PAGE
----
Siding Spring 2.3 m Telescope

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Advanced Technology Telescope
Siding Spring 2.3 m Telescope.png
Alternative namesAdvanced Technology Telescope Edit this at Wikidata
Part ofSiding Spring Observatory Edit this on Wikidata
Location(s)New South Wales, AUS
Coordinates31°16′18″S 149°03′44″E / 31.27167°S 149.06232°E / -31.27167; 149.06232Coordinates: 31°16′18″S 149°03′44″E / 31.27167°S 149.06232°E / -31.27167; 149.06232 Edit this at Wikidata
OrganizationAustralian National University
Altitude1,165 m
Telescope styleoptical telescope Edit this on Wikidata
Diameter2.3 m
Secondary diameter0.3 m
Focal lengthf/2.05
MountingAltazimuth mount
EnclosureCo-rotating
Siding Spring 2.3 m Telescope is located in Australia
Siding Spring 2.3 m Telescope
Location of Advanced Technology Telescope
Commons page Related media on Wikimedia Commons

The 2.3 metre telescope at Siding Spring Observatory is operated by the Australian National University. The Advanced Technology Telescope was constructed during the early 1980s and featured, at the time, radical[citation needed] features: an unusually thin mirror, an alt-az mount and co-rotating dome.[1] The optical telescope has Altazimuth mount and a primary mirror with a focal length of f/2.05.[1] It is housed in a box-shaped building which rotates as the telescope tracks objects.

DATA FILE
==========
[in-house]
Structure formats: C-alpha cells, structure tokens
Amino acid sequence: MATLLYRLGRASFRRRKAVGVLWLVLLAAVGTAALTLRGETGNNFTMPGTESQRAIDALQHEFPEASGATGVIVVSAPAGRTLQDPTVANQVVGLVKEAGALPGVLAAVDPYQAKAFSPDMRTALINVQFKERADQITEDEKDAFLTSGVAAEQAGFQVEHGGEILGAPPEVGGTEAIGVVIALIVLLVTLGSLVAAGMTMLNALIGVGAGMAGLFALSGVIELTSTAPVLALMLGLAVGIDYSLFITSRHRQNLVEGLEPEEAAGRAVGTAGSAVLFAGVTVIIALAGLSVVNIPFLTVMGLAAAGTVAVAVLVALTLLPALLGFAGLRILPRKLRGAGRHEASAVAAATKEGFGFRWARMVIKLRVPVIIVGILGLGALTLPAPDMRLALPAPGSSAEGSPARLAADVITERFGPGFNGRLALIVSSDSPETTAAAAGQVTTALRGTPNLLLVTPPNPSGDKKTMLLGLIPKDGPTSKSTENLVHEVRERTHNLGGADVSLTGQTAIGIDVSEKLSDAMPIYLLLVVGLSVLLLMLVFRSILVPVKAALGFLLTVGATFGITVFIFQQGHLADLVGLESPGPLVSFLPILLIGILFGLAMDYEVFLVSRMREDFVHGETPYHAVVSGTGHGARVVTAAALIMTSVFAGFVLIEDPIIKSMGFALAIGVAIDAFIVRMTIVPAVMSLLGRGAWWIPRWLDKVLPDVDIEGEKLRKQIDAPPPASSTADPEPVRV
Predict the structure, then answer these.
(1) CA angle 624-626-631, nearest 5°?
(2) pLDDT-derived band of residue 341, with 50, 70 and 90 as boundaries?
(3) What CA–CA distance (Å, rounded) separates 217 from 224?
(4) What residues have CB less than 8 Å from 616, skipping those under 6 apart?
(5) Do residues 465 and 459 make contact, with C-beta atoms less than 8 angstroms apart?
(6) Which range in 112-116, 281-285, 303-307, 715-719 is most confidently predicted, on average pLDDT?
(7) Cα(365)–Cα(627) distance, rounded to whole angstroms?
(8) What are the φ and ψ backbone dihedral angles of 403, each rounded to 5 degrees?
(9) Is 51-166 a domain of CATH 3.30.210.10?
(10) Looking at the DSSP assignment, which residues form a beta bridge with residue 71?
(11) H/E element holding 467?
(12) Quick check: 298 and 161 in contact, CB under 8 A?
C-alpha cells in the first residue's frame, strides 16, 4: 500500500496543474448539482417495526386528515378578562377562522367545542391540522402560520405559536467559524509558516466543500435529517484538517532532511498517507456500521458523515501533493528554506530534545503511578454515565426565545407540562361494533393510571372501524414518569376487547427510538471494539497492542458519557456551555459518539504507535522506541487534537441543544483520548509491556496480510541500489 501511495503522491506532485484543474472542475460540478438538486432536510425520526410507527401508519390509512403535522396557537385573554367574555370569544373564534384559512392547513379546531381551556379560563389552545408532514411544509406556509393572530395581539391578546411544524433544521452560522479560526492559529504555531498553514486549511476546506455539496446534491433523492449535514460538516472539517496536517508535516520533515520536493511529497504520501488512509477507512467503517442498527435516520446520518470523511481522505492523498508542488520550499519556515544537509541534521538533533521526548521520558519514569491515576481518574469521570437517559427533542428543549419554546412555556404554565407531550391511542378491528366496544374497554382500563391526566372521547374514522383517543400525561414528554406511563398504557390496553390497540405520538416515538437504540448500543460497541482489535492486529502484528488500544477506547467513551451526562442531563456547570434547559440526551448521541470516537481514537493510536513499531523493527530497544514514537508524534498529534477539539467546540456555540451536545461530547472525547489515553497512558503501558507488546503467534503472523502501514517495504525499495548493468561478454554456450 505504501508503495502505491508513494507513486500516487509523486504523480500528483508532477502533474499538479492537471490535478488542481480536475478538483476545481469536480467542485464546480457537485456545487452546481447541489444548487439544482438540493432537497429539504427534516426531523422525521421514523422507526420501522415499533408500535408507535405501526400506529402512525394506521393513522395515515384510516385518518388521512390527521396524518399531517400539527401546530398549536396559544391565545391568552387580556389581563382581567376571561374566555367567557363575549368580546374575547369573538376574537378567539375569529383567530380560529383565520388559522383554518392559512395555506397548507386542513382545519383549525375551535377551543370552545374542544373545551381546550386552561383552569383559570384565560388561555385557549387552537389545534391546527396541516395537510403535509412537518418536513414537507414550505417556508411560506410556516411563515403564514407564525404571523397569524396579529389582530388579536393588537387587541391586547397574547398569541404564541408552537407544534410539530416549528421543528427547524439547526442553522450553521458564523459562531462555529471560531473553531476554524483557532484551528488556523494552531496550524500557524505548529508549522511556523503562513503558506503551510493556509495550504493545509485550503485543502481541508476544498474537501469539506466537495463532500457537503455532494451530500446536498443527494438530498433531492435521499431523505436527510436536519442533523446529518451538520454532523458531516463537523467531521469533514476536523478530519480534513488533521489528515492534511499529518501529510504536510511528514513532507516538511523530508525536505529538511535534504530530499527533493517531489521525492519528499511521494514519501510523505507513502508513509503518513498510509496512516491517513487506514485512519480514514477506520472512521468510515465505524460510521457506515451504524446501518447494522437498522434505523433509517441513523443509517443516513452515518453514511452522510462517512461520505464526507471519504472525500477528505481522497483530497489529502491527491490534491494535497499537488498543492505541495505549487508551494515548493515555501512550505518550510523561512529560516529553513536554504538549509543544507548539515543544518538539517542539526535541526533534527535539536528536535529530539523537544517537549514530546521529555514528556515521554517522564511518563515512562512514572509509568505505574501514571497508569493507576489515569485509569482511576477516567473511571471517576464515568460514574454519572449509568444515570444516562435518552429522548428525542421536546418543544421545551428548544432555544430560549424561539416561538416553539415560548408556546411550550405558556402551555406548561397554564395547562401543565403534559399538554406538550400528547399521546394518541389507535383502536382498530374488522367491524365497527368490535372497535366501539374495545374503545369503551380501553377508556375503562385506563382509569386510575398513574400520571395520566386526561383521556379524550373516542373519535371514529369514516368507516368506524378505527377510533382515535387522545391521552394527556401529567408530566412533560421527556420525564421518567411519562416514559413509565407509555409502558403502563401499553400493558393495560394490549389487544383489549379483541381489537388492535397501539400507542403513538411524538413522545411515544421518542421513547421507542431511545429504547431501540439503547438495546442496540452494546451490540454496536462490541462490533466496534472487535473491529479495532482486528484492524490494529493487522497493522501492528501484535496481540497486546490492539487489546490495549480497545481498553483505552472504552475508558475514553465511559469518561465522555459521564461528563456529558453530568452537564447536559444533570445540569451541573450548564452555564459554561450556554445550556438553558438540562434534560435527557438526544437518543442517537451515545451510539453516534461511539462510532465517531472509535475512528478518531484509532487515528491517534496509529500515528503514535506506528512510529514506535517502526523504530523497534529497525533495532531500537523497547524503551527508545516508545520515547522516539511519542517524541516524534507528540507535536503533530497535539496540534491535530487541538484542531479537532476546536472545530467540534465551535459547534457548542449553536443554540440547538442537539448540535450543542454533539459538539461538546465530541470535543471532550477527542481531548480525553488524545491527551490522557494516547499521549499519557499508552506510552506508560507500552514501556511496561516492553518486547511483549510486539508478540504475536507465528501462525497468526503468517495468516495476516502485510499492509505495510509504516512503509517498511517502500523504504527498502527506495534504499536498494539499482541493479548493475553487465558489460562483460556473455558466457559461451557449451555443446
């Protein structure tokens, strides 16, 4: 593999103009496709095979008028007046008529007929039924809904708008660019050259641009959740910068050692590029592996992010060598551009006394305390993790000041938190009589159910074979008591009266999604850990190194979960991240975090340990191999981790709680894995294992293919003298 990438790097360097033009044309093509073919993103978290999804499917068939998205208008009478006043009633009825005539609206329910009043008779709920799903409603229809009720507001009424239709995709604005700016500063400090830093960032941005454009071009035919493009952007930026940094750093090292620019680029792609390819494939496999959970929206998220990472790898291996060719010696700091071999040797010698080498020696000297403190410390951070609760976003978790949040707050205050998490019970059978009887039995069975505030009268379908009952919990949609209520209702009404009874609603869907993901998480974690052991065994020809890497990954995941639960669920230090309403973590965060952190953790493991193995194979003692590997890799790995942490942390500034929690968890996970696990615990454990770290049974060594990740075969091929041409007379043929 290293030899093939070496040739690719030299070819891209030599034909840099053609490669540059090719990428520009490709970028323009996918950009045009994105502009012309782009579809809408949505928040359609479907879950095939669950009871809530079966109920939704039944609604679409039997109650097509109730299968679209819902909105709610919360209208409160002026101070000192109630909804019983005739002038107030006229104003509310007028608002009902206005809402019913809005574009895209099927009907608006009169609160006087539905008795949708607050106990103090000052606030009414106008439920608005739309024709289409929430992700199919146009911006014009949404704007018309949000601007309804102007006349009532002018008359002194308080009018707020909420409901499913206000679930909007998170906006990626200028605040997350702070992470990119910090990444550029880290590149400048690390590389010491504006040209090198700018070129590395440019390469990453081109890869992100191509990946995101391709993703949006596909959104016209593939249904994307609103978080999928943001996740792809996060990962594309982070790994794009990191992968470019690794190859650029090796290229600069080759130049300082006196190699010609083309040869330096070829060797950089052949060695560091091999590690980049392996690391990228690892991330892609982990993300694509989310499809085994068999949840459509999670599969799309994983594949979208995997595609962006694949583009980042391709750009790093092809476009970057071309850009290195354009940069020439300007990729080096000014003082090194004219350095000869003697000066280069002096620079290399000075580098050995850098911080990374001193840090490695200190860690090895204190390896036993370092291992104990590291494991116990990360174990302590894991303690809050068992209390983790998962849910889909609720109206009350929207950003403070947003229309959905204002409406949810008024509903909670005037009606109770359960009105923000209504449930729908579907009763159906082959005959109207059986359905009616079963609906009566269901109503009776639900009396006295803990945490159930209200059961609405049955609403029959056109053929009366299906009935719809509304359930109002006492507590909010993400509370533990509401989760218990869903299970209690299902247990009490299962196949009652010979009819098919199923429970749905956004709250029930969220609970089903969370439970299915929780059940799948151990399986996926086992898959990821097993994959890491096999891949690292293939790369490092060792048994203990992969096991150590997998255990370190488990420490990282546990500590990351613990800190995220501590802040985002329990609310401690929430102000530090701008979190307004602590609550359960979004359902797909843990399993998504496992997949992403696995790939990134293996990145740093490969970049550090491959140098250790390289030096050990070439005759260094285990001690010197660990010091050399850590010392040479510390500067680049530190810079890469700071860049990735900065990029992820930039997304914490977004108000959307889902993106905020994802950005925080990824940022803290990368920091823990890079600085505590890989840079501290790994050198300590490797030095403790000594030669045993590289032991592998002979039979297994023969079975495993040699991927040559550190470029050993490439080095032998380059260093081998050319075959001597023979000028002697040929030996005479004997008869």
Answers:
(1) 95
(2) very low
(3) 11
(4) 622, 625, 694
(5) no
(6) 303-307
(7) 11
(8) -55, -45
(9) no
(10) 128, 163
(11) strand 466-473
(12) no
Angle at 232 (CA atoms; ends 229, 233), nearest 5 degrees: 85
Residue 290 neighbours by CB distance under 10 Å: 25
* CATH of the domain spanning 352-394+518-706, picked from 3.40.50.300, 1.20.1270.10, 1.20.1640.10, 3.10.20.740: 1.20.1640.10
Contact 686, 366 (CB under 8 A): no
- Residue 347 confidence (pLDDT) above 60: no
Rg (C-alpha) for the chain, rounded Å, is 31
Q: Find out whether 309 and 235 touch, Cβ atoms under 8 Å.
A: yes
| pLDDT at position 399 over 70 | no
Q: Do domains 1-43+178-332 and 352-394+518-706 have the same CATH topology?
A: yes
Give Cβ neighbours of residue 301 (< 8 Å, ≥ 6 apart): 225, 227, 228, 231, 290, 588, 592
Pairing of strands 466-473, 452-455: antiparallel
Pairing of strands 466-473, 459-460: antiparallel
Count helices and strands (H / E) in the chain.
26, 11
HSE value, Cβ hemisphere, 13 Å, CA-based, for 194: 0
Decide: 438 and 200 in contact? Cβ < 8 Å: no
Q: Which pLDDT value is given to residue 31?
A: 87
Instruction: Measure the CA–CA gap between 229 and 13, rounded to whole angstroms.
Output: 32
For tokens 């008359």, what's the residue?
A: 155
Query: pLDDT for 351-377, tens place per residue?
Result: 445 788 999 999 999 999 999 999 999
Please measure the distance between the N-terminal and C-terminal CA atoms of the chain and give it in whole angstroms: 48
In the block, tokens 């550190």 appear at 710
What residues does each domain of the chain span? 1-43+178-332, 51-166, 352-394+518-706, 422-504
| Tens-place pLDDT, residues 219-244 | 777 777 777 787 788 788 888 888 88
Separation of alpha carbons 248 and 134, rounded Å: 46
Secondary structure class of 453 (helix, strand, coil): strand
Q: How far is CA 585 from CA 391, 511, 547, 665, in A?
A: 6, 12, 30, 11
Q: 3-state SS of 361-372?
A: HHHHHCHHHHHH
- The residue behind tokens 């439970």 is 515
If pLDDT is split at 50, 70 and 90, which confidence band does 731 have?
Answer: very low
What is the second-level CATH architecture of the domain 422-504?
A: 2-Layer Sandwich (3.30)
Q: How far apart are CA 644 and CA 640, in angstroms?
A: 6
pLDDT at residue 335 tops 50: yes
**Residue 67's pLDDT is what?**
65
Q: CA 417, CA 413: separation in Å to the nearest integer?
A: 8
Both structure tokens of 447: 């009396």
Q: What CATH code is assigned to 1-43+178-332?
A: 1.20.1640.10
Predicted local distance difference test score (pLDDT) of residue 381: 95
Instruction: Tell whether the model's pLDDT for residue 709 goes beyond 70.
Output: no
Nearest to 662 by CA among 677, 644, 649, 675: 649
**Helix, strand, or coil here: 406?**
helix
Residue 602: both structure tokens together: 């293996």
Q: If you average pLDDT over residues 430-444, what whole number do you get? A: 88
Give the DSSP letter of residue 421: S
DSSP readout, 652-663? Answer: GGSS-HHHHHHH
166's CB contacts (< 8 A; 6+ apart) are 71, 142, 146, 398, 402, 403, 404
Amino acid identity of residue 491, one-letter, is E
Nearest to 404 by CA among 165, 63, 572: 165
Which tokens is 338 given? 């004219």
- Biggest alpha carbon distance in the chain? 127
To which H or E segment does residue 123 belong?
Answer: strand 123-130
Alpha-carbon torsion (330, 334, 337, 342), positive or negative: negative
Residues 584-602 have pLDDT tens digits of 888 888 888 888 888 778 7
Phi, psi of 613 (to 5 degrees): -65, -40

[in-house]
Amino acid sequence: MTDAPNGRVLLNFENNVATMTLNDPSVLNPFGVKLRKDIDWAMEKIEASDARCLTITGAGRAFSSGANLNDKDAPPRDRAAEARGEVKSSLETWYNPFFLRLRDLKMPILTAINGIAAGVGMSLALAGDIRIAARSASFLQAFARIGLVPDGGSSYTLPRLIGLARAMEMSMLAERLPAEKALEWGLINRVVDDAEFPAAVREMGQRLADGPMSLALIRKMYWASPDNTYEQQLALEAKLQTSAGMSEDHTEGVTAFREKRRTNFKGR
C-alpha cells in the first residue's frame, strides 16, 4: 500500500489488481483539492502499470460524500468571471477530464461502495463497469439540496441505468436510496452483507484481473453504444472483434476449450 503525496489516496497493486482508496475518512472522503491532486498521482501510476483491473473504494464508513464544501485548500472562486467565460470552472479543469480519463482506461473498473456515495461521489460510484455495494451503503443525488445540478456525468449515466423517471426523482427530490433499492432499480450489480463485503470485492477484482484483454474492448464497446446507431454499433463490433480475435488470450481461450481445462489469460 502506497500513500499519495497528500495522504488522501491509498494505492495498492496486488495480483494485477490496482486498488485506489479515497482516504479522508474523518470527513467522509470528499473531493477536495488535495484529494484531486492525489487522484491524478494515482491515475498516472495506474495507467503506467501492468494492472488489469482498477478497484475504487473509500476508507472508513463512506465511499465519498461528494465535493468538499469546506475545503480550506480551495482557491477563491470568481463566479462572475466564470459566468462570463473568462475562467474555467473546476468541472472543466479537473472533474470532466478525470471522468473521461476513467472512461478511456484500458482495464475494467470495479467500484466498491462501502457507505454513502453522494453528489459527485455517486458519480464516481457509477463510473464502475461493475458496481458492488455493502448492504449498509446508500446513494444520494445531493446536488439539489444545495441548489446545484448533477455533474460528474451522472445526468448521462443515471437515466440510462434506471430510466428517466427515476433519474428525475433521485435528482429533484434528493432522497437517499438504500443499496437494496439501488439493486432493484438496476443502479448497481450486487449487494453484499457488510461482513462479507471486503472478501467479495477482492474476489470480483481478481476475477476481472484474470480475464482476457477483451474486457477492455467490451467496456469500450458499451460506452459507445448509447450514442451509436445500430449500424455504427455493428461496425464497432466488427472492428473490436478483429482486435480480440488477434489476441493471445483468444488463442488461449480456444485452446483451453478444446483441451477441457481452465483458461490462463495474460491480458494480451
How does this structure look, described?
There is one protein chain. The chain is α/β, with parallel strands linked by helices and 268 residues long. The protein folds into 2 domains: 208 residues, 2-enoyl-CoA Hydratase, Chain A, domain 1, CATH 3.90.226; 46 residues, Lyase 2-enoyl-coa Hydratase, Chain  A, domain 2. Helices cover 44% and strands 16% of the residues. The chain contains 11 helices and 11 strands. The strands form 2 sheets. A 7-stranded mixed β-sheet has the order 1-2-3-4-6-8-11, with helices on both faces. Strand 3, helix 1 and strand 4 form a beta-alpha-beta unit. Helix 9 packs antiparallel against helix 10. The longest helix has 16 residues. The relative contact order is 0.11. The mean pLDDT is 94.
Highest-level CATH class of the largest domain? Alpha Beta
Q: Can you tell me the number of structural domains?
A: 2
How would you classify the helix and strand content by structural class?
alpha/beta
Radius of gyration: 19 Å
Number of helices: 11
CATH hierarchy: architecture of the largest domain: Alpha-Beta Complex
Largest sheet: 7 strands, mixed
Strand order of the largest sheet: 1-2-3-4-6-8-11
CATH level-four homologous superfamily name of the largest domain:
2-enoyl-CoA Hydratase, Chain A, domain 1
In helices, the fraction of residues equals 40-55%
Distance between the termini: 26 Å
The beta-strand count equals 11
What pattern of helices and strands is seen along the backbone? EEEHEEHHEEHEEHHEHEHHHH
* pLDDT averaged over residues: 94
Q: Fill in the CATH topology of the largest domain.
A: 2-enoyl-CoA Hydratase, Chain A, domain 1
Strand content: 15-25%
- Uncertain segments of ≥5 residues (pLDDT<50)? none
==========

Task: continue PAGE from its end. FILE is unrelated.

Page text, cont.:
Instrumentation includes an integral field spectrograph known as WiFeS, an echelle spectrograph, and a Nasmyth imager. The telescope is a workhorse for numerous large programs where it is used to do follow-up observations on objects of interest before more extensive observations are made at larger telescopes. It is also a valuable tool for training students in the astronomical observing techniques.

History[edit]

The telescope was the initiative of Don Mathewson. It was inaugurated Prime Minister, Bob Hawke on 16 May 1984.[2] It was regarded as an achievement in high technology for Australia. In 1985, it won an award from the Institution of Engineers.[2]

Mirror[edit]

The mirror used in the telescope is much thinner than those typically used in a telescope mirror. Its ratio of diameter to thickness is about 20:1.[2] The light mirror and rotating design allows the telescope to be rapidly moved as observations are made.

See also[edit]

References[edit]

  1. ^ a b "ANU 2.3m Telescope". ANU College of Physical & Mathematical Sciences. The Australian National University. Retrieved 15 April 2013. CS1 maint: discouraged parameter (link)
  2. ^ a b c Haynes, Raymond (1996). Explorers of the Southern Sky: A History of Australian Astronomy. Cambridge University Press. pp. 184–185. ISBN 0521365759. Retrieved 15 April 2013. CS1 maint: discouraged parameter (link)